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Australia’s 2016 Defence white paper uses the term “rules-based global order” 56 times, compared with just nine instances in its 2013 predecessor.
This order, we are told, is “a shared commitment by all countries to conduct their activities in accordance with agreed rules which evolve over time, such as international law and regional security arrangements”. This is curiously self-contradictory; if “all” countries were in “regional security arrangements”, wouldn’t those arrangements be better described as “global”?
But more importantly, why should voluntary regional security arrangements, such as the so-called hub and spokes system of the United States’s alliances in East Asia be seen as part of the “rules-based global order”?
International law is made up of rules. But in what way are regional security arrangements equivalent to “rules”? Defence treaties might be legally binding, but many regional security arrangements are informal and voluntary agreements, entered into by states presumably for as long as both parties benefit.
The repetition of the “rules-based global order” mantra can be read at several levels.
Firstly and most clearly, it reveals fear of disorder from the erosion of a longstanding fact: that the United States will maintain order in our region in the face of the economic and military growth of Asia. Secondly, it offers a new versatile omnidirectional planning concept for managing the uncertainty surrounding the consequences of this crumbling world.
This understanding is a far cry from past Defence white papers. There it was a kind of residual category, denoting operations in far distant regions. By supporting the United Nations in stabilising failed states in the Middle East and Africa, Australia would gain kudos as a good global citizen. Now with the US, China and potentially ourselves clashing over what constitutes adherence to The United Nations Convention on the Law of the Sea (UNCLOS) and proper behaviour around the disputed islands of the South China Sea, the “rules-based global order” has moved directly into our own region.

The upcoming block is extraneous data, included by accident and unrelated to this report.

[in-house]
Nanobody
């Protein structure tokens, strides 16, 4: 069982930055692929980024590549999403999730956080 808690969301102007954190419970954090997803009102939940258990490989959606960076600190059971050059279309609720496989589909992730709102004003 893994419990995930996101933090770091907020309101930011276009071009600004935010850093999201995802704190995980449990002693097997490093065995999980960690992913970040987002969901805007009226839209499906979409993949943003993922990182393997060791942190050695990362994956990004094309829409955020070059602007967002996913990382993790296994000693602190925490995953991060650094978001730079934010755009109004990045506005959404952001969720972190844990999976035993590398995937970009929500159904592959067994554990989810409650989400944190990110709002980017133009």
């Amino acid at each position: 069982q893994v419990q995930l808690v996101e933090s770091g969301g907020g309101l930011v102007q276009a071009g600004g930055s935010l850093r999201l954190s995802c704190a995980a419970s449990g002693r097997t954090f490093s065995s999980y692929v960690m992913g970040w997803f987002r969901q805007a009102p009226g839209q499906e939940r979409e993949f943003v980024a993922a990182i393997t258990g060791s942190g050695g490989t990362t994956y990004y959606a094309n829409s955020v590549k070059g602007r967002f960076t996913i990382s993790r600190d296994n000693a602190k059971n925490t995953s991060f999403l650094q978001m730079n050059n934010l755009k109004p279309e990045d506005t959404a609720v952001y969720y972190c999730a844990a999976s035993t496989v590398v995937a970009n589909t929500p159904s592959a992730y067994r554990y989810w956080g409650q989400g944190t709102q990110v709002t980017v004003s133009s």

The newly expanded definition leads to some linguistic contortions. In chapter three of the white paper, we are told the “rules-based global order” offers a means to “deal with threats before they become existential threats to Australia”. This, on a first reading, is odd. The “rules-based global order” has in the past denoted an ideal or possibly what political scientists call an “institution”– a set of norms and rules. Either way the “rules-based global order” has been based on ideas rather than material fact.
To read the entire article by Greg Raymond, visit the Canberra Times website.